Updated October 17, 2023
Newark, Delaware – In a pioneering partnership, the University of Delaware (UDel) has engaged the expertise of solar contractor SolAgra to embark on an innovative agrivoltaic venture. SolAgra will oversee the construction of two state-of-the-art solar arrays, situated at UDel campuses in Newark and Georgetown. These agrivoltaic systems, set to commence operations for the 2024 growing season, will serve as real-world laboratories, investigating the harmonious synergy between solar power and crop production on agricultural land.
The project's focal point is to explore the co-location of solar tracking systems with crop cultivation, offering tangible benefits in the face of climate change-related weather extremes. The test crops will encompass high-value vegetables and fruits, including tomatoes, peppers, lettuce, and strawberries, which are increasingly susceptible to adverse climatic conditions. This research endeavor will furnish invaluable insights into the viability of large-scale dual-use photovoltaic (PV) installations on agricultural terrain. In parallel, faculty and students in the College of Engineering and Institute of Energy Conversion will collect and analyze data concerning solar electricity generation.
Dr. Steven Hegedus, co-Principal Investigator, professor of Electrical and Computer Engineering, and Senior Scientist at UDel's Institute of Energy Conversion, expressed enthusiasm, stating,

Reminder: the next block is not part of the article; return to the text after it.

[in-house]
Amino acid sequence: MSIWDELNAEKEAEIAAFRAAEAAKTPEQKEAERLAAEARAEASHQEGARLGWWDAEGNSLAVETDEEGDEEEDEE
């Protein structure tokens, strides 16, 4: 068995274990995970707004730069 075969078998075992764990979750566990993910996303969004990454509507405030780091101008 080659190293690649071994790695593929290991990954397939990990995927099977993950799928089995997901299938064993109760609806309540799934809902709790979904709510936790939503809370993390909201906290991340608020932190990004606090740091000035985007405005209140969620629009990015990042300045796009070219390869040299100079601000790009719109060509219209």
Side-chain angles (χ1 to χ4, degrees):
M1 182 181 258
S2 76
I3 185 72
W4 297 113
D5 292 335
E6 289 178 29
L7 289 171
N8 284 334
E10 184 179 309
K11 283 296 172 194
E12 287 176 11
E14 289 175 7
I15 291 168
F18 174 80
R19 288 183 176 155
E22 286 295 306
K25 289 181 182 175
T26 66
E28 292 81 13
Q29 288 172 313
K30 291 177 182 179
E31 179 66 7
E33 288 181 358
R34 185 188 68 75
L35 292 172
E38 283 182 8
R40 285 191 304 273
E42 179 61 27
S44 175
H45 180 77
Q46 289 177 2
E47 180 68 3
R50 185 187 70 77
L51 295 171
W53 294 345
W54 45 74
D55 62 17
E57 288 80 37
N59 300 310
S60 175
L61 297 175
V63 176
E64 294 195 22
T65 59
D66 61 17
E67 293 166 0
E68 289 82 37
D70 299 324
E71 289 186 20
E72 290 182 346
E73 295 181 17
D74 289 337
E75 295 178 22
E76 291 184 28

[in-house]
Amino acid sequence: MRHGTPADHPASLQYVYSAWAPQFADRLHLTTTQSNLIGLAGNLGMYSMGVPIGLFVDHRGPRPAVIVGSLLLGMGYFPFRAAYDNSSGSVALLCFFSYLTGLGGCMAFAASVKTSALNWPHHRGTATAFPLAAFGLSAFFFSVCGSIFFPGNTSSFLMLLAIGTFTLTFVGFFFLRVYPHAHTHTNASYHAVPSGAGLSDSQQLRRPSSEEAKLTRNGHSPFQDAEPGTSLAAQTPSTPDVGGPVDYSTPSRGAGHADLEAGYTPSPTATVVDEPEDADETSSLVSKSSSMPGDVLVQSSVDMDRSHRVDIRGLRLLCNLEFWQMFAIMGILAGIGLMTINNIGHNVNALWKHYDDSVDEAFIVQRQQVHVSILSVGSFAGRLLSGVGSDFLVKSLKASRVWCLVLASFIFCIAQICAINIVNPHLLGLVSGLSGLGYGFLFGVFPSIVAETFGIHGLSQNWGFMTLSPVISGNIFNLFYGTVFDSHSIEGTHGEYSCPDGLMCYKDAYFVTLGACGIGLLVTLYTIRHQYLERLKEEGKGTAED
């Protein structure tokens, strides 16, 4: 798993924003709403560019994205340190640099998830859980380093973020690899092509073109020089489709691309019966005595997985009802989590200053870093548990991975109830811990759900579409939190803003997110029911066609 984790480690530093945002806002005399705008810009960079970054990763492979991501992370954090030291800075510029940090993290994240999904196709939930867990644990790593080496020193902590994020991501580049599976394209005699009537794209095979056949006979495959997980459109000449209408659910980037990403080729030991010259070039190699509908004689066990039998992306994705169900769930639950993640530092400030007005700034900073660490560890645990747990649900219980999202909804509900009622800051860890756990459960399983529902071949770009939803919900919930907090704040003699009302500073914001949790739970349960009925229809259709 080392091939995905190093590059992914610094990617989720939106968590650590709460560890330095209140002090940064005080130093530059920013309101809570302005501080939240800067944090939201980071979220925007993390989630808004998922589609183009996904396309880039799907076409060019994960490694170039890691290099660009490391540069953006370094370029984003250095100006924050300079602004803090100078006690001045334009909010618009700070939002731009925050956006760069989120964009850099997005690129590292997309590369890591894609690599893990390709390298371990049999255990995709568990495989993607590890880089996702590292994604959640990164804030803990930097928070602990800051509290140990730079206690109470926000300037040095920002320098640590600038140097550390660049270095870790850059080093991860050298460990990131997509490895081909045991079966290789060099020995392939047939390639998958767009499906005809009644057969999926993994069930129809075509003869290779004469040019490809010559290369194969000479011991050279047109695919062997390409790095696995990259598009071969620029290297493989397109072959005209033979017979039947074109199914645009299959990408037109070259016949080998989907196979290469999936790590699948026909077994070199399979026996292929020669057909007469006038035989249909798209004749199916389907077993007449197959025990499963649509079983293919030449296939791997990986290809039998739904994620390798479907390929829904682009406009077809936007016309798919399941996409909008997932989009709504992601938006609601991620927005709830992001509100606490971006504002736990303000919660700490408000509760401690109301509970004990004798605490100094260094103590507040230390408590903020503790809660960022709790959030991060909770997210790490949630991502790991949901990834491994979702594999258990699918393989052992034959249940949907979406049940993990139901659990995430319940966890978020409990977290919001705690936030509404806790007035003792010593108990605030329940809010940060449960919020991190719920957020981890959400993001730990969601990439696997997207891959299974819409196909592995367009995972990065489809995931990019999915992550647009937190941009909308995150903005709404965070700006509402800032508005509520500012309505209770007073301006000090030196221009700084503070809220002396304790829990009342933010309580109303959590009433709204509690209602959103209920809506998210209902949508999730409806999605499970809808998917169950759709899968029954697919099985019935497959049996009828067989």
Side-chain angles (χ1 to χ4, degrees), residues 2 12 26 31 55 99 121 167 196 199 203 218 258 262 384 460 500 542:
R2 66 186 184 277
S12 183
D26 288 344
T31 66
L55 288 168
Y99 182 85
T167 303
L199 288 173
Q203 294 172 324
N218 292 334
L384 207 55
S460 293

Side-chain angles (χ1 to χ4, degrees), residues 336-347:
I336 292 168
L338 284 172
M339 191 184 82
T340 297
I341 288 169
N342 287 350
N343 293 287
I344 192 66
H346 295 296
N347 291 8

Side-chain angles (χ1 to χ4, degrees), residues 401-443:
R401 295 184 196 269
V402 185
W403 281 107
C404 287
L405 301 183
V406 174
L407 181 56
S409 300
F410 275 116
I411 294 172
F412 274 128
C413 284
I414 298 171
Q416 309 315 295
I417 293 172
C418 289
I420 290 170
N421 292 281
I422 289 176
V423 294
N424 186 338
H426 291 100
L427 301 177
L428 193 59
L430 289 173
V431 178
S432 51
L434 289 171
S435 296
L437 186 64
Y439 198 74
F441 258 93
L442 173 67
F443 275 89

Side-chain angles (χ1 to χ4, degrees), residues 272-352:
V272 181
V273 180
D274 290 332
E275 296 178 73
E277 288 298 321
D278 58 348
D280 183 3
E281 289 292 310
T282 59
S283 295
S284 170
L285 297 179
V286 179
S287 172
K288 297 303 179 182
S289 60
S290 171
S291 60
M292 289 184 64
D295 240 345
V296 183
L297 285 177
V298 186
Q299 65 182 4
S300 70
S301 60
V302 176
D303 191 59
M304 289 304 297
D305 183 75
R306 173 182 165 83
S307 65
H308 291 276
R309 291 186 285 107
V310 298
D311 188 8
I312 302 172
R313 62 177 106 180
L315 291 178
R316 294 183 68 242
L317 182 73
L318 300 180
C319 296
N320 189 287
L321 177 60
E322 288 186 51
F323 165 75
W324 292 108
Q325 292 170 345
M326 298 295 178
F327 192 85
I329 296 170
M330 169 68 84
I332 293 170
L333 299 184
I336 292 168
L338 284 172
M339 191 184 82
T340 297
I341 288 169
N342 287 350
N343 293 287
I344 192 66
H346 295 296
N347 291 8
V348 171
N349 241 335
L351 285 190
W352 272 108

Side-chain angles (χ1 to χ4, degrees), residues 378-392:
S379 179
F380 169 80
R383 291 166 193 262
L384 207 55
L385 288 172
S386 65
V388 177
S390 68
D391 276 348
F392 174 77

"UDel is really excited to be partnering with SolAgra to be the first demonstration site for this new type of agrivoltaic system. Two of the greatest challenges for the future are providing clean energy and food in a changing climate. It makes sense to find a common solution. Our research will show how they can support each other. Farmers can supplement their crop income with electricity sales, and the solar modules will also protect the crops from intense heat and rain."
SolAgra, renowned for its patented elevated solar arrays and the unique agrivoltaics technology known as SolAgra Farming, is at the forefront of this innovative initiative. SolAgra's technology not only generates renewable energy on farmland but also enhances crop quality by reducing irrigation requirements and optimizing solar panel efficiency through a microclimate cooling effect induced by the cultivated crops.
SolAgra CEO and President Barry Sgarrella, holder of U.S. Patents protecting SolAgra Farming, elaborated on the technology, highlighting its adaptability and configurability to cater to diverse crops. The SolAgra Solar Platform's hinged design allows farmers to regulate the balance of sunlight and shade landing on the fields, offering a degree of control over the crops' shading.
SolAgra's unique approach includes compensating farmers for the "air rights" above their land by sharing a portion of the power sales revenue instead of traditional land-lease payments. This innovative system not only enhances crop growth but also safeguards against excessive sunlight, rain, and hail that can jeopardize crops and lead to substantial farm losses.
The collaboration between the University of Delaware and SolAgra represents a significant stride in fostering sustainable energy, crop resilience, and the coexistence of agricultural and solar technologies. It sets the stage for the development of agrivoltaic solutions that can address the pressing challenges of the future, combining clean energy and food security on a shared platform.
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